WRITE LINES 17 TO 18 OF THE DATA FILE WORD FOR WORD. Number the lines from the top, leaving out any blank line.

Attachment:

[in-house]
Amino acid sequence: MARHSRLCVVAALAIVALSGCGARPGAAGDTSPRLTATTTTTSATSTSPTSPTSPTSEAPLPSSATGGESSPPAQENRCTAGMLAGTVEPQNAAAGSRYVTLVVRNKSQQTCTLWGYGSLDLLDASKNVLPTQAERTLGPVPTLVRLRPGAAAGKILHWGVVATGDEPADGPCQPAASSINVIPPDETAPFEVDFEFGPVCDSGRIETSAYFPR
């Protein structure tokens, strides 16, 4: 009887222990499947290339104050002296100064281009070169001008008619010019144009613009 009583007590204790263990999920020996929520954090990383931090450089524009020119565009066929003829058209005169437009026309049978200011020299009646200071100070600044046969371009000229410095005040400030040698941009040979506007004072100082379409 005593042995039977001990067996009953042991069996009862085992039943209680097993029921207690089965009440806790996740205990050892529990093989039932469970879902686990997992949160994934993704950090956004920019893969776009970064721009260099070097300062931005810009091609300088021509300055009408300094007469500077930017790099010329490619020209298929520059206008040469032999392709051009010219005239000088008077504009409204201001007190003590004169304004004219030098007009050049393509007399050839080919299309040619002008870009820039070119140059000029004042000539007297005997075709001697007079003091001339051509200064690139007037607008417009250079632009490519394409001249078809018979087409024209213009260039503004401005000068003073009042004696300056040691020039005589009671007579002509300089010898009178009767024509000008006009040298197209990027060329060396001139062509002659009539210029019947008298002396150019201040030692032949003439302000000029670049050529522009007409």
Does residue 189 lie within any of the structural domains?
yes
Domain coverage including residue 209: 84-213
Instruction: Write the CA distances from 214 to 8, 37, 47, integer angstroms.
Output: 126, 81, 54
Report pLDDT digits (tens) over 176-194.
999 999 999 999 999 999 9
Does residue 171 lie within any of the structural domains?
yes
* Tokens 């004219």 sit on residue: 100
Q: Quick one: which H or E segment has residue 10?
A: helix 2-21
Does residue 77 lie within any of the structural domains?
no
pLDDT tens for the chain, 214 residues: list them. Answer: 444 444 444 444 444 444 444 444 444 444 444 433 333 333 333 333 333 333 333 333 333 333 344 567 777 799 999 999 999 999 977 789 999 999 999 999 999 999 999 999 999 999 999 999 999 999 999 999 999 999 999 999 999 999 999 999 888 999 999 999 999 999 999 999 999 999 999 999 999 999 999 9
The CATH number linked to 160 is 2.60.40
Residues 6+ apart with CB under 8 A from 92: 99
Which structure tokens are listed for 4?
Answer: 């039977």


no
pLDDT tens for the chain, 214 residues: list them. Answer: 444 444 444 444 444 444 444 444 444 444 444 433 333 333 333 333 333 333 333 333 333 333 344 567 777 799 999 999 999 999 977 789 999 999 999 999 999 999 999 999 999 999 999 999 999 999 999 999 999 999 999 999 999 999 999 999 888 999 999 999 999 999 999 999 999 999 999 999 999 999 999 9